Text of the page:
Raising baby chicks is a fun process. If you've ever held a baby chick, you know they're super soft and super cute. In order to raise them to be happy healthy chickens, you need to be prepared.
One of the most important things that you'll need is a brooder. A brooder is simply a box of some sort that holds bedding, food, water and heat for the baby chicks. Brooders also prevent the chicks from being exposed to drafts or predators, both which can be deadly to chicks. You can create a homemade brooder from boxes, old livestock water troughs or large plastic totes.
The sides of the brooder should be tall enough to prevent drafts. They should also be tall enough that your chicks cannot easily jump out. The brooder floor should allow the chicks ample space to move around. You don't want them to be crowded around their food, water or heat. If chicks are overcrowded, they will trample one another.
You'll need a chick feeder with multiple holes. When starting young chicks, I prefer the long feeders. These long feeders have more holes for the chicks to access feed than the upright feeders. The chicks lower on the pecking order don't have to wait as long to eat from the long feeder. You'll also need a waterer. Elevate the food and water for the chicks if you can. If you can keep the food and water off of the bedding then they will stay clean longer.
Young chicks need ample heat. Day old chicks require their brooder to be around 90 degrees. A heat lamp or brooder heater can be used to keep the chicks warm. I recommend a heat lamp. They are cheaper, found easily in stores and they can be moved slowly out of the brooder to reduce the amount of heat.
Feeding the Chicks
You can purchase chick crumbles at most feed stores, especially in the spring and summer months when chicks are found in stores. Chicks cannot swallow the larger pellets that adult chickens eat. If you're in a pinch and cannot find chick feed, you can feed chicks layer crumbles. Pelleted feed can also be ground up to give to chicks. I've used my kitchen blender in the past to grind up pelleted feed.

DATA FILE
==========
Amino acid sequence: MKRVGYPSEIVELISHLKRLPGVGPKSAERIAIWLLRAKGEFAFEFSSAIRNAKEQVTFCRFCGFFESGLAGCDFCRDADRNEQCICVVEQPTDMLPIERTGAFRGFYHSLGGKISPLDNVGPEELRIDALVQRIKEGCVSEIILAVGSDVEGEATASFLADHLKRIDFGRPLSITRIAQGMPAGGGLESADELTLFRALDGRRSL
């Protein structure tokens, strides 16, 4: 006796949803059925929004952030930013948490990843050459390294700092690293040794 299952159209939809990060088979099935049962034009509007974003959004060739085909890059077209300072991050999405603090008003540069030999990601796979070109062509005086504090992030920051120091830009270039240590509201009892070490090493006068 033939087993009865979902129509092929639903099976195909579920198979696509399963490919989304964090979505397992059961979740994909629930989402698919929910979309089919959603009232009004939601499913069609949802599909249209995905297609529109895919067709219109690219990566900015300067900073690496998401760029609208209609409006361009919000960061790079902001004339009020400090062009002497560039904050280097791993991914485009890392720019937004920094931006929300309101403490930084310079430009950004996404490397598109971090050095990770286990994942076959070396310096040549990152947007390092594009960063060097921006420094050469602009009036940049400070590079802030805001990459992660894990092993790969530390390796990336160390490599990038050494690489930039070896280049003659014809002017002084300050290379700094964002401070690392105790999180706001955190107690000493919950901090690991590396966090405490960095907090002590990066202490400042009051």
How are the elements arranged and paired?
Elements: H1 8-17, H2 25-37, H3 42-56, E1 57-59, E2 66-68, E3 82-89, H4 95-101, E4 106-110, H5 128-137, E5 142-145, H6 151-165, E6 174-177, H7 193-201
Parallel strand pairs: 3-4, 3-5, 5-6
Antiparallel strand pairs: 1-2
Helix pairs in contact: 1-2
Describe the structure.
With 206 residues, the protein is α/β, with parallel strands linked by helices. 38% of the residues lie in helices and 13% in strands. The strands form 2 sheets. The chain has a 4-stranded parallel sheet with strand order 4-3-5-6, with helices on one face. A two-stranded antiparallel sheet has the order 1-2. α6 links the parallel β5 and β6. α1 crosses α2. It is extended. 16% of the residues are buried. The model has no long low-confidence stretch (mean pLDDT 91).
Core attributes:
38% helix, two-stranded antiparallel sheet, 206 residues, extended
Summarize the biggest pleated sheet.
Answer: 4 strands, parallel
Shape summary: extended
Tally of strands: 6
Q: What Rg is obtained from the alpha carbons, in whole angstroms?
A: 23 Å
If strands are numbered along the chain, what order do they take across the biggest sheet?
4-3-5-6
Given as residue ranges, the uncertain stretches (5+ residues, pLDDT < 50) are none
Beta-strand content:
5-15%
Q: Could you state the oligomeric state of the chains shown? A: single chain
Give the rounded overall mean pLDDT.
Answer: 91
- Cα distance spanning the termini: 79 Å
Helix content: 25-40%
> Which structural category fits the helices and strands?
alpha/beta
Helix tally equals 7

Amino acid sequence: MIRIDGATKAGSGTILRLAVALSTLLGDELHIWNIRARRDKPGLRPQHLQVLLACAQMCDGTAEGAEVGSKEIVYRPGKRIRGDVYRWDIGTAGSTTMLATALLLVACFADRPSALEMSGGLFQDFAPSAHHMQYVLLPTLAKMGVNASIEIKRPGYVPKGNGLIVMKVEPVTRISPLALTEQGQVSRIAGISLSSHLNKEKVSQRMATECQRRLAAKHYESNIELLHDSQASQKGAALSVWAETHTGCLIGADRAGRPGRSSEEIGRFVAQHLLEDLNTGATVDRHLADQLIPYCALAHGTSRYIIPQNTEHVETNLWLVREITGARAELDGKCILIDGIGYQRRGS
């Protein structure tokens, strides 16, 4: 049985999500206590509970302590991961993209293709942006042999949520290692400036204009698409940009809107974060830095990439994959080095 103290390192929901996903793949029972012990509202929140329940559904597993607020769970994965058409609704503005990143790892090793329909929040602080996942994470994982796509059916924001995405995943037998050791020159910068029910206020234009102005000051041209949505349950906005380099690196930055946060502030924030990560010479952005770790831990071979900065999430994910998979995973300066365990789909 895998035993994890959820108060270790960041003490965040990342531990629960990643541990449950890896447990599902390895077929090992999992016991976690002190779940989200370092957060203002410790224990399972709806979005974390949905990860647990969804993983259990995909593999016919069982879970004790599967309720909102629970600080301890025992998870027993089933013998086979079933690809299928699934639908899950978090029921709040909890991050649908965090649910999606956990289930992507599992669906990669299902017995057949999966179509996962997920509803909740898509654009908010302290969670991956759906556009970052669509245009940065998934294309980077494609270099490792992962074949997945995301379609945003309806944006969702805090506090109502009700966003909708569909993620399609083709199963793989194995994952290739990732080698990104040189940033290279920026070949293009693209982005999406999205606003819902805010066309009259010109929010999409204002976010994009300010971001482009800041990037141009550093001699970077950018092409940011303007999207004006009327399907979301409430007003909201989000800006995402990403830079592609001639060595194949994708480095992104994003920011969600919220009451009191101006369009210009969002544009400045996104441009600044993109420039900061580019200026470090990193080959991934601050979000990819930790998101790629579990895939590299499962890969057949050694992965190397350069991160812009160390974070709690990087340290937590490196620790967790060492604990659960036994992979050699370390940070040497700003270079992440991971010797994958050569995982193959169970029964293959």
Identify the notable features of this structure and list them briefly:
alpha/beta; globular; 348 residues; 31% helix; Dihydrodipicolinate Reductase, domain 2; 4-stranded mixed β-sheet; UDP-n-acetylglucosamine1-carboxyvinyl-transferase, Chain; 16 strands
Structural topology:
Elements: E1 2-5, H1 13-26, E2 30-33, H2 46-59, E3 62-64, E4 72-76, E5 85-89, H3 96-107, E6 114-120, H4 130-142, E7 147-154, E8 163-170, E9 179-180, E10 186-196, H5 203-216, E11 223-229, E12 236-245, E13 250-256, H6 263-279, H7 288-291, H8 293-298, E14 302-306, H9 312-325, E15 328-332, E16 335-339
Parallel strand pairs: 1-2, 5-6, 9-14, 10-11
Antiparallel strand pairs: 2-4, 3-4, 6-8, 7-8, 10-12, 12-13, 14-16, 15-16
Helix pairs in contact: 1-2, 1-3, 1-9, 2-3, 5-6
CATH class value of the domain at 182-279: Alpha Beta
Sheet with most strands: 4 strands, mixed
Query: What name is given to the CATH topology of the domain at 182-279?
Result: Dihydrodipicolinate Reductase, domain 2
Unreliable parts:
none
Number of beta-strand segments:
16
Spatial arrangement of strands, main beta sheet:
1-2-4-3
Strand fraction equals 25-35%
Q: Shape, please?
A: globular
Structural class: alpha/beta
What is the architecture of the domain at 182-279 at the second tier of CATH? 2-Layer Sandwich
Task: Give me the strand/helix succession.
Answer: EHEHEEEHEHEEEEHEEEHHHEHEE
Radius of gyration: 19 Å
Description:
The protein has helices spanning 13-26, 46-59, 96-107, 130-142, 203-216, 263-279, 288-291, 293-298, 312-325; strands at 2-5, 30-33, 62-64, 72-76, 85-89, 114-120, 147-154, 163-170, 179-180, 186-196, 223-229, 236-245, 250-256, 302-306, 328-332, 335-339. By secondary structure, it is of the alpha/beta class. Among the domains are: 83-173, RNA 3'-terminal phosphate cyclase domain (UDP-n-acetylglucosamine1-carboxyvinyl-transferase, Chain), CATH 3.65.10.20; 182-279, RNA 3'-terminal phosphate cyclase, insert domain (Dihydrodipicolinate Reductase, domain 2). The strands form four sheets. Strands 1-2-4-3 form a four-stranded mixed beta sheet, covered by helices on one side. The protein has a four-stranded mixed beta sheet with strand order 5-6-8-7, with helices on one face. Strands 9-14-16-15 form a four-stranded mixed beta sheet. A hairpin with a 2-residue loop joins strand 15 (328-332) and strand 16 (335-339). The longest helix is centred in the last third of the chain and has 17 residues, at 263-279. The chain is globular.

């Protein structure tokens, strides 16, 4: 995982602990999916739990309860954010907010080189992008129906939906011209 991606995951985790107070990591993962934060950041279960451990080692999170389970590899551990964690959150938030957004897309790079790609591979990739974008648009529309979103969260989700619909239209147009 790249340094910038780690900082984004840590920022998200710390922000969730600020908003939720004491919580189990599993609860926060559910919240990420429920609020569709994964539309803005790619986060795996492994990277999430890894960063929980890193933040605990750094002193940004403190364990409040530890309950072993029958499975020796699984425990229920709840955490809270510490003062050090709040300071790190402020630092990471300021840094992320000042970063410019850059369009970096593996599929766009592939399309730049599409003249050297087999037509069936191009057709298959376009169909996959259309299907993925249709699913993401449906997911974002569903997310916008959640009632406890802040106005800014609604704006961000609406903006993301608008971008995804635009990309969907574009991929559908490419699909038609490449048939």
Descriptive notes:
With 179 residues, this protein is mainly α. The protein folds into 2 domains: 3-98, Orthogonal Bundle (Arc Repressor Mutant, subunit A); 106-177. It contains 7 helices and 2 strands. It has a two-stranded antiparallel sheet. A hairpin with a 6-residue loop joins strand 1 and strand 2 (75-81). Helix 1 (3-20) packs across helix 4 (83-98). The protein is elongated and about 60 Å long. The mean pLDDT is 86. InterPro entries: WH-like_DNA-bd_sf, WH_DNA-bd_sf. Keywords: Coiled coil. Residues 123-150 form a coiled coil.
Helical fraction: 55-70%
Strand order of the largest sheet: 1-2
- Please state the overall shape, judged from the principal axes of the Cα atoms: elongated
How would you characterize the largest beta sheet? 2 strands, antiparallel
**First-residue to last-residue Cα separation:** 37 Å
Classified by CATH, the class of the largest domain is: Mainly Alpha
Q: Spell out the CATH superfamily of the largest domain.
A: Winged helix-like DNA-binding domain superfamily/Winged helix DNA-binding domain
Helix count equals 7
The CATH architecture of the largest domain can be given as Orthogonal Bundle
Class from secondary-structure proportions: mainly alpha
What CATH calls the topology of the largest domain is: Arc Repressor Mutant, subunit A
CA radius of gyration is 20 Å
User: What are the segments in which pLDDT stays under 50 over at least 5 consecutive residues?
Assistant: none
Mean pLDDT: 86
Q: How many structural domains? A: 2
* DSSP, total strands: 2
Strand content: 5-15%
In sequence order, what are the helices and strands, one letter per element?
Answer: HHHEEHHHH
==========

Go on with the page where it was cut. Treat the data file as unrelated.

Make sure that the chicks have constant access to feed. Plan on checking their feed 3 times per day. It helps if you put out an extra feeder. You always want to have feed available. If you feed once or even twice a day, the dominant chicks will eat and the more submissive or smaller chicks may not get their fill. If you notice their feeders are empty, refill them.
Once the chicks have their adult feathers, you can start offering them pelleted feed or scratch grains as a treat. If they seem uninterested, remove the feed and continue feeding the crumbled feed.
Eventually, the chicks will require grit. Chicken stomachs use small rocks and hard materials to grind up their food. Oyster shell can be found in feed stores. Oyster shell provides grit and calcium, which is necessary for egg production.
Plan on spending about $2.00 per chick. Rare breeds or heritage breeds will cost more. You can purchase day old chicks through the mail from several large hatcheries in the U.S. If you want purebred chickens, consider ordering them.
Feed stores usually carry chicks in the spring and early summer. You can usually purchase purebred chicks from feed stores as well. You can also find chicks at local farms. Many people that raise chickens hatch their own eggs and sell chicks. Depending on the farm, the chicks may or may not be purebred. If you're simply raising them for eggs, the breed doesn't matter.
When buying chicks, keep in mind the chicken's purpose. Do you just want eggs and pest control for your yard? Any chicken breed will do. If you want to raise chickens for meat, then you'll want to look at heritage or dual purpose breeds. Chickens like the Cornish cross make excellent meat birds. If you want chickens that are friendly and cute to look at, consider silkie breeds or Cochins.
Shelby DeVore is an agricultural enthusiast that enjoys writing about gardening, raising livestock and simple living. You can read her most recent posts on Farminence.com or follow Farminence on Pinterest and Twitter.
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